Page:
Lincolnshire County Council has confirmed that a controversial career progression scheme will go ahead in October even as health visitors plan further strike action.
Unite the Union has said 58 of its health visitor members will stage two 48-hour strikes starting on 27 August and 5 September, meaning they will have taken 13 strike days since July.
The dispute concerns health visitors who were transferred to the council from the NHS in October 2017 and remained on Agenda for Change contract terms and conditions
Unlike both council and NHS employees, these health visitors have not received a pay rise since inflationary awards do not apply for what the council referred to as ‘legal reasons’.
According to Unite calculations, they have since lost out on more than £2000 per year.
Health visitors have the option to transition to the council’s employment contract. However, Unite and its members are opposed to a new ‘career progression scheme’ that introduces a two-tier health visitor role.
They are concerned that both grade 9 (junior) and grade 10 (senior) staff would not be paid as much as their NHS counterparts.
To progress to grade 10, staff must have worked as a health visitor for four years among other competencies.
Unite says the grade 10 role equates to band 6 on Agenda for Change, which NHS health visitors start on at the beginning of their career.
Unite lead professional officer for regulation Jane Beach said that it ‘does not take four years to move from a novice to an expert health visitor’ and was concerned that experienced health visitors are being wrongly put at grade 9.
She said: ‘We remain concerned it is not true career progression. If it was how could it consider an experienced Agenda for Change health visitor to have gone from being at the top of their standards and pay scale to now being considered the same level as a newly qualified health visitor? It was after all not their choice to move across!’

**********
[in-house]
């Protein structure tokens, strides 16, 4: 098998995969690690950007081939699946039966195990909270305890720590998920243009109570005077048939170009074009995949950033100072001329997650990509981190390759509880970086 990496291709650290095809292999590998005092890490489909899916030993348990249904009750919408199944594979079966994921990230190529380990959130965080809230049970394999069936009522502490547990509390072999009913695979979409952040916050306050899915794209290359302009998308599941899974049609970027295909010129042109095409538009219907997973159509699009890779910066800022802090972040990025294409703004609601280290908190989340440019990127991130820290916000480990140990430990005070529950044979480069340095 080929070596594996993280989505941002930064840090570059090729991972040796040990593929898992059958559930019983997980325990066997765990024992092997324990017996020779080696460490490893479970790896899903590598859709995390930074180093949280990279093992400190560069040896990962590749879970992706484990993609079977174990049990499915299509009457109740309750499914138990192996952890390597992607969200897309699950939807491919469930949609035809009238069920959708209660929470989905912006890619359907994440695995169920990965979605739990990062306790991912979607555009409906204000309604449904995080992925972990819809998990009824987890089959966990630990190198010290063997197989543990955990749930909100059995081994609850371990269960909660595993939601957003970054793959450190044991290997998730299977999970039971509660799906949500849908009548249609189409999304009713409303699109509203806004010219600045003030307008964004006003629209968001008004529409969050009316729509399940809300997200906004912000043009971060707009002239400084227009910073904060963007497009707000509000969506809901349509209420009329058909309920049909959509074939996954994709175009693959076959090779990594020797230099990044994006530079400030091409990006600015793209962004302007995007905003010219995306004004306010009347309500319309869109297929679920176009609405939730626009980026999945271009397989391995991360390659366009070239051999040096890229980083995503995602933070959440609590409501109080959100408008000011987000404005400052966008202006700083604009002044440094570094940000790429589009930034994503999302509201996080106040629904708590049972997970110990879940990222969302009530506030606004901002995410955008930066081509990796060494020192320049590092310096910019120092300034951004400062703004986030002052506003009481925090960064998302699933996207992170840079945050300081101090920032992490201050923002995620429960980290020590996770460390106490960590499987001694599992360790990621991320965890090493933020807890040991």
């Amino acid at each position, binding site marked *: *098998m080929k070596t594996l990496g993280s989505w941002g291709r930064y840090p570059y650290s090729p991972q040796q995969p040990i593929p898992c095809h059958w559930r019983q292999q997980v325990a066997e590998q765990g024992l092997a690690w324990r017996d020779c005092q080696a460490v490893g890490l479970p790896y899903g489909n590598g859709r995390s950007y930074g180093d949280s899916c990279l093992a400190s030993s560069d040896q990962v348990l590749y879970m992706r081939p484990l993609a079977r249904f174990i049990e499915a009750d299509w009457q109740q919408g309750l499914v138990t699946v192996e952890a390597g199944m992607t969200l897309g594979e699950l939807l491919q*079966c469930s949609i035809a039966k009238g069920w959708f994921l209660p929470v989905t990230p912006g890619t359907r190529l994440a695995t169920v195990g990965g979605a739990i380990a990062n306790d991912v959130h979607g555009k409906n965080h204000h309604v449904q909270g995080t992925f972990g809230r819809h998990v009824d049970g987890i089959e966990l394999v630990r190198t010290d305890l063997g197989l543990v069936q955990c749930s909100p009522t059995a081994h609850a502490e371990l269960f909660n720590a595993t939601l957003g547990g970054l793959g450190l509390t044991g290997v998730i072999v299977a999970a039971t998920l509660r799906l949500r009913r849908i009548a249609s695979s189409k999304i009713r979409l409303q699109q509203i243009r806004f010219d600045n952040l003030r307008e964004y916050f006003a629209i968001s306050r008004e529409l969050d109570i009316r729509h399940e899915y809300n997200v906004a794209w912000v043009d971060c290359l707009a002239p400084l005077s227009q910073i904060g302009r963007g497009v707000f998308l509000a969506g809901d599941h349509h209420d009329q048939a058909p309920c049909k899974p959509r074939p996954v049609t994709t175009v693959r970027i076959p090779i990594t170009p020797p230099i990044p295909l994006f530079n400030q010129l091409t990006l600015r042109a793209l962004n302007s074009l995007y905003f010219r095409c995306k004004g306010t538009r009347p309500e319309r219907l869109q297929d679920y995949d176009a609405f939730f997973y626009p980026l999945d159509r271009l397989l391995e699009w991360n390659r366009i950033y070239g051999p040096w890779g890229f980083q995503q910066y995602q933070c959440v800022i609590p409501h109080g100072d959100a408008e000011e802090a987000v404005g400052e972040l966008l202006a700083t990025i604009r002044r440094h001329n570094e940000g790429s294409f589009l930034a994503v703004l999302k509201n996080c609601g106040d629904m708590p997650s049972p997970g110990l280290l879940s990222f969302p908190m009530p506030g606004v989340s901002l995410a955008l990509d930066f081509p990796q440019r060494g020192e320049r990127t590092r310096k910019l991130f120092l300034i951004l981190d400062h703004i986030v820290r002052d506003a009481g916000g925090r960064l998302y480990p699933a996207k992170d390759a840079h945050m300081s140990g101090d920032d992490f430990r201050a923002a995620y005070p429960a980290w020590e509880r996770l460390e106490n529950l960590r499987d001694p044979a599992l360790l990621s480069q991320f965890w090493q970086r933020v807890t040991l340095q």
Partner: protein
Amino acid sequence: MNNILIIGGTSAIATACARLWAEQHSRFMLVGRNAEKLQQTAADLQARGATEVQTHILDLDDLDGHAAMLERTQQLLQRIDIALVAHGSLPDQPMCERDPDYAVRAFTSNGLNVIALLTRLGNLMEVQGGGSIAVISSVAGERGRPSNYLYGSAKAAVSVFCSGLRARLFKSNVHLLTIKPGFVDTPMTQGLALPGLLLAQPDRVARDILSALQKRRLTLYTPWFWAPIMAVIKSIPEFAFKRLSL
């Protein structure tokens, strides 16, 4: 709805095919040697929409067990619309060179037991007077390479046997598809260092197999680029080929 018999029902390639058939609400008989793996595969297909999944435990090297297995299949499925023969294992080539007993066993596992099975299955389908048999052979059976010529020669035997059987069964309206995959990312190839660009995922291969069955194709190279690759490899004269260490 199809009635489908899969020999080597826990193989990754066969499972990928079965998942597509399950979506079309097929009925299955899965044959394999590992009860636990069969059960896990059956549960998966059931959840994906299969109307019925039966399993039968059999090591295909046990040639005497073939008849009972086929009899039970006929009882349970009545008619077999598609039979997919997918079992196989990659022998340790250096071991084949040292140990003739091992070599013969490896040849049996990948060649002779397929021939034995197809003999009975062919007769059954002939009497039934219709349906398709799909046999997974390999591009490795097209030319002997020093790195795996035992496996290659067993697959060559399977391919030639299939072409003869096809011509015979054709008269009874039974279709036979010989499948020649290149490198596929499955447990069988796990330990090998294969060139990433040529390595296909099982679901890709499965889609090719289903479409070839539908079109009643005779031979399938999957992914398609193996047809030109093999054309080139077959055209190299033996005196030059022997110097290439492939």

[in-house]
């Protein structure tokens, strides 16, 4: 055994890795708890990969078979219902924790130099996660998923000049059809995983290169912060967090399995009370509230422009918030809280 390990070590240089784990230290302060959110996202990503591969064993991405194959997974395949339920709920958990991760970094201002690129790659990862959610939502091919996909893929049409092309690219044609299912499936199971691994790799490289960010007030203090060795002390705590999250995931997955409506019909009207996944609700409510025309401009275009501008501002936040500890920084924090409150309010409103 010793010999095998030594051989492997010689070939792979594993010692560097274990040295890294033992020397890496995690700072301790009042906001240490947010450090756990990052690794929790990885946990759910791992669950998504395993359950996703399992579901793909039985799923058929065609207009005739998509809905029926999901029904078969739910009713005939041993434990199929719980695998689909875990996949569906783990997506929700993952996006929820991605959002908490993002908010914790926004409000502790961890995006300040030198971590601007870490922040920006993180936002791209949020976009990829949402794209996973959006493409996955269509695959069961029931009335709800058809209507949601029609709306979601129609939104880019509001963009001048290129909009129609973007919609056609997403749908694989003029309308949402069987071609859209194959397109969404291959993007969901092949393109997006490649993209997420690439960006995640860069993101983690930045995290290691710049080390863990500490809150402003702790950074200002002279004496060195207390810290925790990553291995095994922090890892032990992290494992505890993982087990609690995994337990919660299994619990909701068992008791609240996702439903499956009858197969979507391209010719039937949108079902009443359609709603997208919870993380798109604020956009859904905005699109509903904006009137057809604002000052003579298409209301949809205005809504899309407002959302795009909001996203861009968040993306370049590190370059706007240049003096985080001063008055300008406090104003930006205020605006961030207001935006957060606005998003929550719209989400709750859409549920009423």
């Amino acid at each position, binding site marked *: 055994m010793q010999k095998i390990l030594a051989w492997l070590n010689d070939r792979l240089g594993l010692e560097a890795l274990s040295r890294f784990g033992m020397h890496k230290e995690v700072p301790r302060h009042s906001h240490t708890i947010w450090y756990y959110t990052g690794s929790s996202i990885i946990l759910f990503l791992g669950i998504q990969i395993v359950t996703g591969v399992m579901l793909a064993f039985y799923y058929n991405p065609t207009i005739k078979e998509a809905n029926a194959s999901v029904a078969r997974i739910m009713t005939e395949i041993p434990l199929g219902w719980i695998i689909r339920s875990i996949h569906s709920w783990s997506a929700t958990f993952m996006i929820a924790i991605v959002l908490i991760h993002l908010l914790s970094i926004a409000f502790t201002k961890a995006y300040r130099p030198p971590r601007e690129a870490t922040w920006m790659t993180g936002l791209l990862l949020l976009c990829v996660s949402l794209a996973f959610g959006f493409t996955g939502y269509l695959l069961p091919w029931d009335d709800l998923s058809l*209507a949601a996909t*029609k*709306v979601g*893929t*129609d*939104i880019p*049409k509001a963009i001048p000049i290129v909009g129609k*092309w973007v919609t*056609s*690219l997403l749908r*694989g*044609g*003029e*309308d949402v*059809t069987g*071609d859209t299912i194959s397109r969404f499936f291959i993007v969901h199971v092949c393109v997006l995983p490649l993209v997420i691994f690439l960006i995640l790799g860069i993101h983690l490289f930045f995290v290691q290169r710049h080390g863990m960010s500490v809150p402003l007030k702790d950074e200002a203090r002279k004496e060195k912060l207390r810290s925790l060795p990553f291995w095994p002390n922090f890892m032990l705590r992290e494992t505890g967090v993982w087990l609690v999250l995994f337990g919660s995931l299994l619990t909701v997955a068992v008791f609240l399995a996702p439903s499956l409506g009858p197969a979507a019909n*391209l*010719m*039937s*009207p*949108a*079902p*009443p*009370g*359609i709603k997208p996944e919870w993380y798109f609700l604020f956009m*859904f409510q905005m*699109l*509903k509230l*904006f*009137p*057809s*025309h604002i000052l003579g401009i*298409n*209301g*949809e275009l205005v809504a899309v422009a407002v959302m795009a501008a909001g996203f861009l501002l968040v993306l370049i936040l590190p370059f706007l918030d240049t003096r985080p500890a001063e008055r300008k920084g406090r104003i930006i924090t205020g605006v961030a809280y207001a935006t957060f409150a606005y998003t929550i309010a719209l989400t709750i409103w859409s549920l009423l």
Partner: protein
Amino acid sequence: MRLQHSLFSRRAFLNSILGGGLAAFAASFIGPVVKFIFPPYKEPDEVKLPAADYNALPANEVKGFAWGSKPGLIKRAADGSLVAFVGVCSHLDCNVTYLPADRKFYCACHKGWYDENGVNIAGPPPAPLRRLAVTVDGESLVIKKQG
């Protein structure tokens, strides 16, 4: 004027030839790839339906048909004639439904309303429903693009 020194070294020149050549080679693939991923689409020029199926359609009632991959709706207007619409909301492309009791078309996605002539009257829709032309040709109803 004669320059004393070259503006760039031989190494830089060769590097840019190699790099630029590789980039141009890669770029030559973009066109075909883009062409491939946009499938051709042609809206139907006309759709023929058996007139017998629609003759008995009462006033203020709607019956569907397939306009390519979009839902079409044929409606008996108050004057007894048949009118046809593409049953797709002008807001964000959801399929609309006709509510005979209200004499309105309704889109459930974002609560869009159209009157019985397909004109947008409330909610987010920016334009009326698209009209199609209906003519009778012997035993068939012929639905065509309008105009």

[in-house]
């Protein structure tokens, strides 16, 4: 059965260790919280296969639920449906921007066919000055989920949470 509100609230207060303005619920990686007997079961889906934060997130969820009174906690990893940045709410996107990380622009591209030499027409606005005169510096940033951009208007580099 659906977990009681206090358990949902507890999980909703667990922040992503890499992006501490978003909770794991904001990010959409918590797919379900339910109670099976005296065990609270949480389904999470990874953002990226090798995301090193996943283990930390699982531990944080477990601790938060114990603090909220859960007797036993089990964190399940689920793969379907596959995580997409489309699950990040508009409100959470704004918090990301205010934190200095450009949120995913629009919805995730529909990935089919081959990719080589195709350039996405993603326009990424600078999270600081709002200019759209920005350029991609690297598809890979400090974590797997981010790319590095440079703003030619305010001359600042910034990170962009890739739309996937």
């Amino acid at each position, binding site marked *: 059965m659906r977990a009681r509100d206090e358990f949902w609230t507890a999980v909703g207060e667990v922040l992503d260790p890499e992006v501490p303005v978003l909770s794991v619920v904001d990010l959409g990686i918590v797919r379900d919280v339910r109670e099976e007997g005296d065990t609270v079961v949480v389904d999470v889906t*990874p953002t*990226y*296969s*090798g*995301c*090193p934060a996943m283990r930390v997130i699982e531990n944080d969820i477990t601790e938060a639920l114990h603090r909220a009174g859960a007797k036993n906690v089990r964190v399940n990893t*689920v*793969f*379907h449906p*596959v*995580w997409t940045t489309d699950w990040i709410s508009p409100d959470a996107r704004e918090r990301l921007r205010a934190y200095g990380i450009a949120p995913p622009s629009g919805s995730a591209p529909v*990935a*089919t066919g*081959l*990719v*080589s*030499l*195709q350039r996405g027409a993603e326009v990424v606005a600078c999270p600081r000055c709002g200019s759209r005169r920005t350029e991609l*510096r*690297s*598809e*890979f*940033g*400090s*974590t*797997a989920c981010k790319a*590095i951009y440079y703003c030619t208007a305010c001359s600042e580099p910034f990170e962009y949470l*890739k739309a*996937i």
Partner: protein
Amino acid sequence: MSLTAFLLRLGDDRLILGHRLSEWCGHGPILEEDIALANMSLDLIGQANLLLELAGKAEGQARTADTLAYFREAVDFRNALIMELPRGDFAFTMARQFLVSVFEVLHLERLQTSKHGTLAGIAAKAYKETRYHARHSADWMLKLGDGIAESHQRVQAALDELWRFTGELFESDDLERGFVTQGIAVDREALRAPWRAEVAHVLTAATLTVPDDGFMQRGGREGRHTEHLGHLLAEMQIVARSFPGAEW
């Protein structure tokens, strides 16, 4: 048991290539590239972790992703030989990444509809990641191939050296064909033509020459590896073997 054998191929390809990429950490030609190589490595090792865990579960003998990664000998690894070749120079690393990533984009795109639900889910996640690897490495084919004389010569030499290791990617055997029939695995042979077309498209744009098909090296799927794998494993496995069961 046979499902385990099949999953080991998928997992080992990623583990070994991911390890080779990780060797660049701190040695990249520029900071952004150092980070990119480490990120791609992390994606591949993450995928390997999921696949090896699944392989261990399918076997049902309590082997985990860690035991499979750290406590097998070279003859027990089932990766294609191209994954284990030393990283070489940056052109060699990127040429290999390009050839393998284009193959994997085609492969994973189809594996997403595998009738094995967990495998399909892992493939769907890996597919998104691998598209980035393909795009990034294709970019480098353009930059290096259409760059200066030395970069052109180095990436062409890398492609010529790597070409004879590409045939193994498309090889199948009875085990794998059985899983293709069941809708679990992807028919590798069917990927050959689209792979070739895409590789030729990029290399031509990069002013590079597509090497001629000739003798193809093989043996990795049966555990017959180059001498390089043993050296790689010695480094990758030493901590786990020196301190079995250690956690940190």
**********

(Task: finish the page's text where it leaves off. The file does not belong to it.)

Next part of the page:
Ms Beach added: ‘Whilst we are told there is no cap on the number of senior health visitors, we and our members believe in reality there will be as progression will be dependent on achievement of locally agreed performance measures, outside the individual health visitor’s control. The art of health visiting is about more than ticking boxes.’
Confirming the scheme would go ahead, interim director of education at Lincolnshire County Council, Heather Sandy said the council has written to staff ‘explaining how the scheme works and how it offers salaries beyond those available in the NHS.’
She said that the council were ‘disappointed’ that Unite – who she said represented a third of the health visitor workforce – had so far failed to engage in the council’s formal resolution process but reassured the Lincolnshire public that there are plans in place to cover absences.
She added that while 45 of the 58 Unite health visitor members initially voted for industrial action, an average of only 12 health visitors per day have taken it and the ‘vast majority’ of the health visitor workforce had continued to work as normal.
The latest rounds of talks with Unite broke down last Thursday (15 August) leading to Unite regional secretary for the East Midland, Paresh Patel describing council bosses as ‘turning old-fashioned pig-headedness into an art form’.
Unite has also accused the council of downgrading the professional status of health visitors, which it says has resulted in fewer staff undertaking the role. It says this has created excessive caseloads and more safeguarding issues to deal with for existing staff.
Earlier this month, the council offered 30 grade 10 jobs but Unite said the contracts were ‘shrouded in secrecy’ and not enough to cover all 58 members.
Of 111 full-time equivalent health visitor posts, the strike only involves 58 health visitors transferred from the NHS under Agenda for Change terms.
Other health visitors are either on grade 10 contracts or were employed by the county council since October 2017. There are also some student health visitors.
There were 7,121 health visitors in England in April this year, a fall of 31% since their peak of more than 10,000 in October 2015 when the Health Visitor Implementation Plan came to an end.